Israel bombs Iranian base in Syria, as Kerry admits many govts urged Obama to bomb Iran’s nuke program

December 03, 2017


Above photo by Agence France-Presse (AFP) taken on Nov. 29, 2017: One of thousands of malnourished children and babies in the Damascus suburb of Eastern Ghouta.

There has in general been very little reporting in the international media on the siege in Eastern Ghouta, which has been continuing for over six years.

As was the case with Barack Obama, the Trump administration has also declined to air drop food and medical supplies in to starving Syrian civilians there, although it would have been much easier for Obama to have done so in the years before Russia become involved in the air, and while the citizens were only being besieged by Iranian-orchestrated ground troops.

UN envoy Jan Egeland has again called the Syrian government to cease the “starvation and aerial bombardment of Syrian civilians” in Eastern Ghouta, as Iranian-controlled militia propping up the Assad regime refused to allow in aid workers or food to help the 400,000 residents trapped there.

“There has been massive loss of life – hundreds and hundreds,” said Egeland, describing Eastern Ghouta as an unfolding “catastrophe.”

Hundreds of Syrians, mainly civilians, have also been killed by the military actions of Syria, Iran and Russia during recent days.

Amnesty International reported Thursday that Syrian aircraft had attacked Eastern Ghouta with cluster bombs and accused the Assad government of committing “war crimes on an epic scale.”

“Malnutrition amongst kids, children and the elderly is a common sight, and anyone with chronic disease is just counting the days, dying slowly,” the New York Times quoted an aid worker inside the besieged suburb.

-- Tom Gross



[Notes by Tom Gross]

There has been relatively muted reaction in the western media to the reported Israeli missile strike over the weekend on an Iranian military base being built near Damascus.

The Iranian facility near the Syrian city of al-Qiswa, located only 31 miles from the Israeli border, is viewed as a grave threat to the Jewish state.

Its existence was publicly revealed in October after the BBC reported, citing “a Western intelligence source,” that Iran is building a permanent military base in Syria. The BBC broadcast a series of satellite pictures that showed widespread construction at the site.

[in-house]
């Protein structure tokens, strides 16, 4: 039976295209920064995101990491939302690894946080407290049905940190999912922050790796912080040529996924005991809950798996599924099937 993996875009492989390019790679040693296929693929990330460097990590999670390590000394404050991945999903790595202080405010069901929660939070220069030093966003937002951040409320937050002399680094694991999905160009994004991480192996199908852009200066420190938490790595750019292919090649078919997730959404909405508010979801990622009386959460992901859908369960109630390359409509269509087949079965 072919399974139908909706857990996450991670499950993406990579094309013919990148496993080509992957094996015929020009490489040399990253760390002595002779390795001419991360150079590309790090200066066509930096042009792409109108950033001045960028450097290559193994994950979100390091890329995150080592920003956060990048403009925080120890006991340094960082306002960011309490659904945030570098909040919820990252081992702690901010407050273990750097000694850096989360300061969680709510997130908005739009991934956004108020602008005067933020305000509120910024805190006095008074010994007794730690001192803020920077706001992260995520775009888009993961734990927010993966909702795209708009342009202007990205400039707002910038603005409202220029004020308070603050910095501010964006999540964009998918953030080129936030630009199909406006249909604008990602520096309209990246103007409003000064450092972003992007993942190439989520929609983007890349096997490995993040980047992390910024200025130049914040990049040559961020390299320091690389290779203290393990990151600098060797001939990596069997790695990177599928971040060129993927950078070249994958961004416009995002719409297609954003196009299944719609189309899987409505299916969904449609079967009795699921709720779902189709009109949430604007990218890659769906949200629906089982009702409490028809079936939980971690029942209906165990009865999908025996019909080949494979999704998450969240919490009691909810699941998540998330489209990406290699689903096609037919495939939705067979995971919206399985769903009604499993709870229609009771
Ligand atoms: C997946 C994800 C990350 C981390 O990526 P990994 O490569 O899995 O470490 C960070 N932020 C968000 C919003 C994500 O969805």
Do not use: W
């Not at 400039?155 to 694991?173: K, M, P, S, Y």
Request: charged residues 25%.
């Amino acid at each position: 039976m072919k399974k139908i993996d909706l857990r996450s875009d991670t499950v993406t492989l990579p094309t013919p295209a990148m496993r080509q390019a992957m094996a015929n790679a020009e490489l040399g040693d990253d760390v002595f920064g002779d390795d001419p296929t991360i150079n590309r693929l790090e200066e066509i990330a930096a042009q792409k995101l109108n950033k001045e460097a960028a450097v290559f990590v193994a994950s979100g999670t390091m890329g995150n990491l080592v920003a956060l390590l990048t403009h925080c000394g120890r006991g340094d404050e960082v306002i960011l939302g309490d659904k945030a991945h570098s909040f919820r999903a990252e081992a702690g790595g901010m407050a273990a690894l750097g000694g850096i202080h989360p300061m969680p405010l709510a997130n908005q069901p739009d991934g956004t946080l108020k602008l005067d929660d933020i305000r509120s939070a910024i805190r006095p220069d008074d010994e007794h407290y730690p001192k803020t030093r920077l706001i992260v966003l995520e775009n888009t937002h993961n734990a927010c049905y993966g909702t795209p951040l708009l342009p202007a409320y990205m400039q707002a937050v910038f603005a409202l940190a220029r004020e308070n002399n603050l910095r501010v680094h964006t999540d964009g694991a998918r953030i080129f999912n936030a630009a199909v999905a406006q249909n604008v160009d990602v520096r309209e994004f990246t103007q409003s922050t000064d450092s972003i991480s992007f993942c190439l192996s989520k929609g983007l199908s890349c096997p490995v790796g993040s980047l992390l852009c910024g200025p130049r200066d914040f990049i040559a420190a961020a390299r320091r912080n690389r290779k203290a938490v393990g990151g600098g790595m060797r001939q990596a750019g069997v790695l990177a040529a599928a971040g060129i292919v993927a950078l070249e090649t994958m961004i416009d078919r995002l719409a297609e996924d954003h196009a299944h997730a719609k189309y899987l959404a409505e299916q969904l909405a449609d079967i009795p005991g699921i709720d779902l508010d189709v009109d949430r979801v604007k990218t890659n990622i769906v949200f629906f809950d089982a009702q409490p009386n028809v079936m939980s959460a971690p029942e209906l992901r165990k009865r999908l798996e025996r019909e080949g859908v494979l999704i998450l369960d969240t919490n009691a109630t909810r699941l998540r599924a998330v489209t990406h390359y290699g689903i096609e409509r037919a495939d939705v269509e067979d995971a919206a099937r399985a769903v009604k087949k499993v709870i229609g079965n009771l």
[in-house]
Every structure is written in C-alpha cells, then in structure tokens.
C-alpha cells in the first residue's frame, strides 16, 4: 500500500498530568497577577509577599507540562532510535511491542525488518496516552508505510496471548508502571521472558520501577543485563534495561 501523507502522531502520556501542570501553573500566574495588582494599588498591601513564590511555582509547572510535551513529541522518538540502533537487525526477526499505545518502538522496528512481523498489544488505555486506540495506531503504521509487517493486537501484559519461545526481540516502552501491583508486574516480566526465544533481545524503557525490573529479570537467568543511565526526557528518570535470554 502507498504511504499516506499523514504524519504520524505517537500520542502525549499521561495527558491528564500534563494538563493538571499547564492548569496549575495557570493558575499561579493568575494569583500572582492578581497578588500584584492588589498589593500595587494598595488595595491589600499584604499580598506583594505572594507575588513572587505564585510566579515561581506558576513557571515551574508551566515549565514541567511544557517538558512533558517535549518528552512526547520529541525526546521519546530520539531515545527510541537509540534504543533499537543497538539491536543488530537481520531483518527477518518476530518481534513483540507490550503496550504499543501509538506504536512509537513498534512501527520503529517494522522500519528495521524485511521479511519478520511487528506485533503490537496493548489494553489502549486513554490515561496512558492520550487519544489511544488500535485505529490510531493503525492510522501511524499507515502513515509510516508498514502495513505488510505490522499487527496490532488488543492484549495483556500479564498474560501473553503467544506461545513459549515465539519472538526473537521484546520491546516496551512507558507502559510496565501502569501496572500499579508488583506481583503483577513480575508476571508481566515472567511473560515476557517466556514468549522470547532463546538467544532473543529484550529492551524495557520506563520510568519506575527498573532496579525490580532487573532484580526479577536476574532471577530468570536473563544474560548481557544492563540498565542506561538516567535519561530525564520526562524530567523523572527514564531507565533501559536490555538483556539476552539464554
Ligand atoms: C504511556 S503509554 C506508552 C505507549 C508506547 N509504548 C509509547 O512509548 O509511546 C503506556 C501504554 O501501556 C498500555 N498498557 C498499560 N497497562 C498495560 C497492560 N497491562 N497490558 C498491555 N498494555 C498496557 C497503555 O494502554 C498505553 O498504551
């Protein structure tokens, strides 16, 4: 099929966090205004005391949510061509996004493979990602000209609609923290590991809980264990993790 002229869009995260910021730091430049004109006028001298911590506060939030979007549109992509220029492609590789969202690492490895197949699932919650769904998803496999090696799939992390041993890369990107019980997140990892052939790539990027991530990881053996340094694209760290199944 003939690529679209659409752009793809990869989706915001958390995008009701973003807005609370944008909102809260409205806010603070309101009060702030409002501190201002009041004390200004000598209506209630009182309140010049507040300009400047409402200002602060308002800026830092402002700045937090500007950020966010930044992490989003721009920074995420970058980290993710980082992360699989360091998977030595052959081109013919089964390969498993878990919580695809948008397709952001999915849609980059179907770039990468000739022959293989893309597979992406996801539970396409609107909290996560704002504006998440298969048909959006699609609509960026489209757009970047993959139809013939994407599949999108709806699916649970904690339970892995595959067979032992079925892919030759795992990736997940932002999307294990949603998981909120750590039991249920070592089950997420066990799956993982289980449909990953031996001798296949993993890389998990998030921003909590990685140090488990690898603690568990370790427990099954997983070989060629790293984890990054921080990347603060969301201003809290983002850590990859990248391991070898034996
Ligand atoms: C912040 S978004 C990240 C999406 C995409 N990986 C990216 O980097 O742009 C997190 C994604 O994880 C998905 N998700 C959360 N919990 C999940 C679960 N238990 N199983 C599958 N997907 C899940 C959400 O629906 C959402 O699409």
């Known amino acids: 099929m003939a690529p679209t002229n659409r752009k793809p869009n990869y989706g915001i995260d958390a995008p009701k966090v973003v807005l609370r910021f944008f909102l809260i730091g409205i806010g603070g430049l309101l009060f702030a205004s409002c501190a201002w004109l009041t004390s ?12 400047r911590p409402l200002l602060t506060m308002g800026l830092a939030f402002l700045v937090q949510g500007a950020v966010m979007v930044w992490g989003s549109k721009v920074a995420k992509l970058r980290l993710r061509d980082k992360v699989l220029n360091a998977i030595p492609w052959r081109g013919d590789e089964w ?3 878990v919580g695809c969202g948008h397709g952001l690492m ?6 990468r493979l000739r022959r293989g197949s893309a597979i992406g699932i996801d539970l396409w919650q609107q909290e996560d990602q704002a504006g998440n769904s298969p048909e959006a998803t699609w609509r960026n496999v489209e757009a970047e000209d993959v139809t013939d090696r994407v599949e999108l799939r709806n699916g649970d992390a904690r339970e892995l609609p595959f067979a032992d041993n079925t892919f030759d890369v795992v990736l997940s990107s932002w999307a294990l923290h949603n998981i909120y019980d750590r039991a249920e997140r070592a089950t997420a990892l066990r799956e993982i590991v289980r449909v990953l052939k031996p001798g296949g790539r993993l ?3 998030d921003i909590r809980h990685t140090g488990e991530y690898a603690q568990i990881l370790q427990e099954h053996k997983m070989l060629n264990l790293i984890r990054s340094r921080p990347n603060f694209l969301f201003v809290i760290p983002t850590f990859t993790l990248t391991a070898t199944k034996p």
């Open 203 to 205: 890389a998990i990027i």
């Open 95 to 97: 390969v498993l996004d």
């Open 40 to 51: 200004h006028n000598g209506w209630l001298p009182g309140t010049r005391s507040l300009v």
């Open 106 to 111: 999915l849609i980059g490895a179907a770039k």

Israel fired five missiles at the base very early Saturday morning, reportedly destroying a massive arms depot. Some Arab media reports say up to 12 members of Iran’s feared revolutionary guards corp. were killed in the strike. This has not been verified.

A Sky News Arabic report also said that the Israeli missiles were fired from within Lebanese airspace.

My sources tell me that the strike likely had the complicit backing of some Sunni government and military officials in a number of Arab countries.

There has been no official Israeli comment.

“At half past midnight [on Friday-Saturday night], the Israeli enemy fired several surface-to-surface missiles at a military position in Damascus province,” Syria’s state SANA news agency reported. “The air defenses of the Syrian army were able to deal with the attack… destroying two of the missiles,” it said, adding that the attack did cause “material damage.”



Israeli Prime Minister Benjamin Netanyahu has repeatedly warned that Israel will not allow the Iran Islamic regime to establish a permanent presence in Syria threatening Israel, from which it could in the future potentially station nuclear weapons.

Among the warnings, in his speech to the UN in September, Netanyahu said: “We will act to prevent Iran from establishing permanent military bases in Syria for its air, sea and ground forces. We will act to prevent Iran from producing deadly weapons in Syria... And we will act to prevent Iran from opening new terror fronts against Israel along our northern border.”

In addition to inland military bases, Iran is reported to be looking to set up a Mediterranean naval base in Syria, and uranium mining concessions



Russian sources told the Lebanese news outlet Al Mayadeen that Russian air defense systems downed one of the rockets fired by Israel.

“The Bantseer-S-1 air defense systems, supervised by Russian military experts in Syria, downed one of the two rockets launched by Israel after midnight on targets in the Al-Kaswa area of Damascus countryside,” a field correspondent quoted reliable sources in Russia as saying.